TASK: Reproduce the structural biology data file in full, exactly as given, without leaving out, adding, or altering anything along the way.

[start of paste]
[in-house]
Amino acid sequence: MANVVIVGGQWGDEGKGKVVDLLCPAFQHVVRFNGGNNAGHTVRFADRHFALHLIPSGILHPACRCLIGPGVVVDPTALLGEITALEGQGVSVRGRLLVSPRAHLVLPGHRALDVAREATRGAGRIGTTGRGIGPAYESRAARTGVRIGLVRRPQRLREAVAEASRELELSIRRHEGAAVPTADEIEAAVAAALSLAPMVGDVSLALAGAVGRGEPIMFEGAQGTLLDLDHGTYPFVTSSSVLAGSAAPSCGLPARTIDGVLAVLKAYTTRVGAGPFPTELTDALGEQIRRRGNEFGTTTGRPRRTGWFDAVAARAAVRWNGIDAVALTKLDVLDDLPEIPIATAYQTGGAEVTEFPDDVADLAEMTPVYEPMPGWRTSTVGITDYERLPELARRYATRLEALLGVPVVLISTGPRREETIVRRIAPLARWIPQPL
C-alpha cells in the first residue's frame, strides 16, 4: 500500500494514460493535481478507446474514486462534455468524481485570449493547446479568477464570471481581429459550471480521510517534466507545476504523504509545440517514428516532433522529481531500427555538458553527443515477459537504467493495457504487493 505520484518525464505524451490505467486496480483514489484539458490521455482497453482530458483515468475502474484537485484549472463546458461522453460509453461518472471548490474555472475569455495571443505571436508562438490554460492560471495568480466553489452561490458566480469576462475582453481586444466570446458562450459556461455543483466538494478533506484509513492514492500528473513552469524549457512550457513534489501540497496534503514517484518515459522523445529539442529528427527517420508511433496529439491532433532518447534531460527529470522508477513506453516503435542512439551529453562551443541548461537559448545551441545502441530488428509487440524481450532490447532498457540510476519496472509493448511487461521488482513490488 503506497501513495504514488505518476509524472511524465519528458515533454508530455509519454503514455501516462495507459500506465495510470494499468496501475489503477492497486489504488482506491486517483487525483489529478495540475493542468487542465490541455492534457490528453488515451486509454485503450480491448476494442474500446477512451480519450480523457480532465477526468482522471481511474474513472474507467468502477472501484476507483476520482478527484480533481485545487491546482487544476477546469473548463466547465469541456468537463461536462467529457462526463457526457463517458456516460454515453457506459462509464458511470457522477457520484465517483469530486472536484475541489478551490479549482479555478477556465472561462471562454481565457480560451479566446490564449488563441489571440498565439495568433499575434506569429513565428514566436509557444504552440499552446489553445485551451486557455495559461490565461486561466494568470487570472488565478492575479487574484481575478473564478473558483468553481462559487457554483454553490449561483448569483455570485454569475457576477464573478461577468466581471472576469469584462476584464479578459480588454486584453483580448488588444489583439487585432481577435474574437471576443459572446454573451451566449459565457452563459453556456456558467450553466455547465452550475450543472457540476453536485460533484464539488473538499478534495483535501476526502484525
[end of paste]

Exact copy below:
[in-house]
Amino acid sequence: MANVVIVGGQWGDEGKGKVVDLLCPAFQHVVRFNGGNNAGHTVRFADRHFALHLIPSGILHPACRCLIGPGVVVDPTALLGEITALEGQGVSVRGRLLVSPRAHLVLPGHRALDVAREATRGAGRIGTTGRGIGPAYESRAARTGVRIGLVRRPQRLREAVAEASRELELSIRRHEGAAVPTADEIEAAVAAALSLAPMVGDVSLALAGAVGRGEPIMFEGAQGTLLDLDHGTYPFVTSSSVLAGSAAPSCGLPARTIDGVLAVLKAYTTRVGAGPFPTELTDALGEQIRRRGNEFGTTTGRPRRTGWFDAVAARAAVRWNGIDAVALTKLDVLDDLPEIPIATAYQTGGAEVTEFPDDVADLAEMTPVYEPMPGWRTSTVGITDYERLPELARRYATRLEALLGVPVVLISTGPRREETIVRRIAPLARWIPQPL
C-alpha cells in the first residue's frame, strides 16, 4: 500500500494514460493535481478507446474514486462534455468524481485570449493547446479568477464570471481581429459550471480521510517534466507545476504523504509545440517514428516532433522529481531500427555538458553527443515477459537504467493495457504487493 505520484518525464505524451490505467486496480483514489484539458490521455482497453482530458483515468475502474484537485484549472463546458461522453460509453461518472471548490474555472475569455495571443505571436508562438490554460492560471495568480466553489452561490458566480469576462475582453481586444466570446458562450459556461455543483466538494478533506484509513492514492500528473513552469524549457512550457513534489501540497496534503514517484518515459522523445529539442529528427527517420508511433496529439491532433532518447534531460527529470522508477513506453516503435542512439551529453562551443541548461537559448545551441545502441530488428509487440524481450532490447532498457540510476519496472509493448511487461521488482513490488 503506497501513495504514488505518476509524472511524465519528458515533454508530455509519454503514455501516462495507459500506465495510470494499468496501475489503477492497486489504488482506491486517483487525483489529478495540475493542468487542465490541455492534457490528453488515451486509454485503450480491448476494442474500446477512451480519450480523457480532465477526468482522471481511474474513472474507467468502477472501484476507483476520482478527484480533481485545487491546482487544476477546469473548463466547465469541456468537463461536462467529457462526463457526457463517458456516460454515453457506459462509464458511470457522477457520484465517483469530486472536484475541489478551490479549482479555478477556465472561462471562454481565457480560451479566446490564449488563441489571440498565439495568433499575434506569429513565428514566436509557444504552440499552446489553445485551451486557455495559461490565461486561466494568470487570472488565478492575479487574484481575478473564478473558483468553481462559487457554483454553490449561483448569483455570485454569475457576477464573478461577468466581471472576469469584462476584464479578459480588454486584453483580448488588444489583439487585432481577435474574437471576443459572446454573451451566449459565457452563459453556456456558467450553466455547465452550475450543472457540476453536485460533484464539488473538499478534495483535501476526502484525